PLEASE NOTE: From 1st of July 2021, shipments from the UK to EU countries will be subject to Value Added Tax (VAT) charges. Orders placed through this website are shipped Delivery Duties Unpaid (DDU) and customers in the EU may have to pay import VAT (and customs duties, if payable) and a handling fee in the receiving country.

Self Into Song: Newcastle/Bloodaxe Poetry Lectures

Self Into Song: Newcastle/Bloodaxe Poetry Lectures

Regular price
Sale price
Regular price
Sold out
Unit price

Newcastle/Bloodaxe Poetry Series: 5

In this innovative series of public lectures at the University of Newcastle upon Tyne, leading contemporary poets speak about the craft and practice of poetry to audiences drawn from both the city and the university. The lectures are then published in book form by Bloodaxe, giving readers everywhere the opportunity to learn what the poets themselves think about their own subject.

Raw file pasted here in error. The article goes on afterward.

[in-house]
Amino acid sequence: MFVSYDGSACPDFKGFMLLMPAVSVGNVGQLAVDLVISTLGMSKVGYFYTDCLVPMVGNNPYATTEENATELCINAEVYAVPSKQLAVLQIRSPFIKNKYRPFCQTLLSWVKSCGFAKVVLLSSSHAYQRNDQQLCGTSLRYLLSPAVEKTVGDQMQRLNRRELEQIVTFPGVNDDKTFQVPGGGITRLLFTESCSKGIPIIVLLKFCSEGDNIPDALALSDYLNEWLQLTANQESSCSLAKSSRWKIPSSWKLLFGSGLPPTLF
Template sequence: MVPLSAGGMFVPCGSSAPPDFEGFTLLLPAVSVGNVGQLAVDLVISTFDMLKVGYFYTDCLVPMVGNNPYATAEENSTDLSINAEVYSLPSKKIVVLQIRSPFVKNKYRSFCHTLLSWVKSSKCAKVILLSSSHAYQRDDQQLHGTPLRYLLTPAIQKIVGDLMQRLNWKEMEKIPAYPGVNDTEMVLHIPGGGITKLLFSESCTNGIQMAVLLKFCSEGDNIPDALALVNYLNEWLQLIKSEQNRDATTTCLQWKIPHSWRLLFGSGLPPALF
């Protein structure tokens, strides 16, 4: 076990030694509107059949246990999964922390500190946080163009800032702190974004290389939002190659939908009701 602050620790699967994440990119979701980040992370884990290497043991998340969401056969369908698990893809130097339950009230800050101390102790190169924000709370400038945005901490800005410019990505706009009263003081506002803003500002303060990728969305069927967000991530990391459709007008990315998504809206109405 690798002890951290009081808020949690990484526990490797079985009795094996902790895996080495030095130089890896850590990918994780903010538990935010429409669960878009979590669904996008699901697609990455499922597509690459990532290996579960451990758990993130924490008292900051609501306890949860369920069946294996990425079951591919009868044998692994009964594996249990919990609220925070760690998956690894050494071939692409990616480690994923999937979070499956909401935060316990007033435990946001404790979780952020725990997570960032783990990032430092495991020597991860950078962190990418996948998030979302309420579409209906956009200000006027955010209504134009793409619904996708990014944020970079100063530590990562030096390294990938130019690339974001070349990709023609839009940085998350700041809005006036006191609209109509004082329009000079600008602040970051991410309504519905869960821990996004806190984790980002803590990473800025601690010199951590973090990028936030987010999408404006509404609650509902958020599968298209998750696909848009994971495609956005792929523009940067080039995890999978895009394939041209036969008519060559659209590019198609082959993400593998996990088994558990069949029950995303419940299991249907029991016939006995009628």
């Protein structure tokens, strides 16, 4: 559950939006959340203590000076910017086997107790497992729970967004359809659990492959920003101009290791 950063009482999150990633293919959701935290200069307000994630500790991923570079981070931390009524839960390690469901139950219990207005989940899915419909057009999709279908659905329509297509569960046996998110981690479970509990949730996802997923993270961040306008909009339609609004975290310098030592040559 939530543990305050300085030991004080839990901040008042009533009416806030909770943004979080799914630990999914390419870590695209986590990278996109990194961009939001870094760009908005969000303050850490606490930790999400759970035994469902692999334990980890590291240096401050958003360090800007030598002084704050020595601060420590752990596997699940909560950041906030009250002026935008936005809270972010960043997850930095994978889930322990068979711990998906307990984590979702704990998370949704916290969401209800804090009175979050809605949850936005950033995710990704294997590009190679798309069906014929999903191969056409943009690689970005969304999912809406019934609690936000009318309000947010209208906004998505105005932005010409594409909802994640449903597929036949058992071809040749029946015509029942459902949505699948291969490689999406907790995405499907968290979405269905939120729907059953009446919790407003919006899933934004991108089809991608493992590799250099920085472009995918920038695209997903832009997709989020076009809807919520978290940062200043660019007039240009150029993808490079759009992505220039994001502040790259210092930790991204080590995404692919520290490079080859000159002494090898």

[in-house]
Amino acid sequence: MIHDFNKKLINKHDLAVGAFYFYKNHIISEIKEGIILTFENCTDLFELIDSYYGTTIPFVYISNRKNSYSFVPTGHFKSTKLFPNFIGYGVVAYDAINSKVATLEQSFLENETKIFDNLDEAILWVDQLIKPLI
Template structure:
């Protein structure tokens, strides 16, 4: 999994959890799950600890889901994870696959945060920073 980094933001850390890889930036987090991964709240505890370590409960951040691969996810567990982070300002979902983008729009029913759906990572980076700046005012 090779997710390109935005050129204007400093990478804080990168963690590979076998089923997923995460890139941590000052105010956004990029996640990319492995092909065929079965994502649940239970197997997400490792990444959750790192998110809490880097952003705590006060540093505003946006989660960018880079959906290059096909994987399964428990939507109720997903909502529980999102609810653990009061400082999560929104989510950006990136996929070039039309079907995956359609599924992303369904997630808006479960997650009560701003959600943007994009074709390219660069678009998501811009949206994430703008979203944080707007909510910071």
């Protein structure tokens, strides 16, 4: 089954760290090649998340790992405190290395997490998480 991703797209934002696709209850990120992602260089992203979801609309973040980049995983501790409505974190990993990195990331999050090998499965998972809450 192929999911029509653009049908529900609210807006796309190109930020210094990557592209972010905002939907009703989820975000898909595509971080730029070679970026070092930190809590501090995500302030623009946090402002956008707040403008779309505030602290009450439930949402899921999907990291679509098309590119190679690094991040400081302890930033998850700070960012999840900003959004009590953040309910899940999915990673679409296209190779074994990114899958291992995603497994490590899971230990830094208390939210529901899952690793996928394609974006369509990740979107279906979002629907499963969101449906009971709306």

Carol Rumens's three lectures cover the poetry of Philip Larkin and Derek Mahon as well as form and music in the work of a range of contemporary women poets:

'Forget What Did? Philip Larkin's Poems of Lost Childhood'
What made this strange, sometimes unattractive personality a powerful poet? Putting aside the politics, this lecture draws on autobiographical material as well as early poems to suggest a possible imaginative source in childhood trauma. It also traces the younger Larkin's interest in Jung, Lawrence, Auden and others, and examines the famous ëtwo voices' of his maturity, the demotic and the literary.

'Solitude and Sociability: An Introduction to the Poetry of Derek Mahon'
Bleak North Antrim coastlines and a sense of isolation contrast with the warm intellectual companionship of other writers and artists often conjured in Derek Mahon's work. This lecture takes an overview of his themes and forms, including a look at the conversation he conducts, via his many dedicatory and epistolary poems, across the time-zones.

'Line, Women and Song'
Have women poets brought distinctive approaches to the music and metre of contemporary poetry? Adrienne Rich, Marilyn Hacker and Ruth Padel provide some of the material examined. Can there be a politically radical verse in traditional form? Can the English language and ancient, imported forms and metres still fruitfully work together?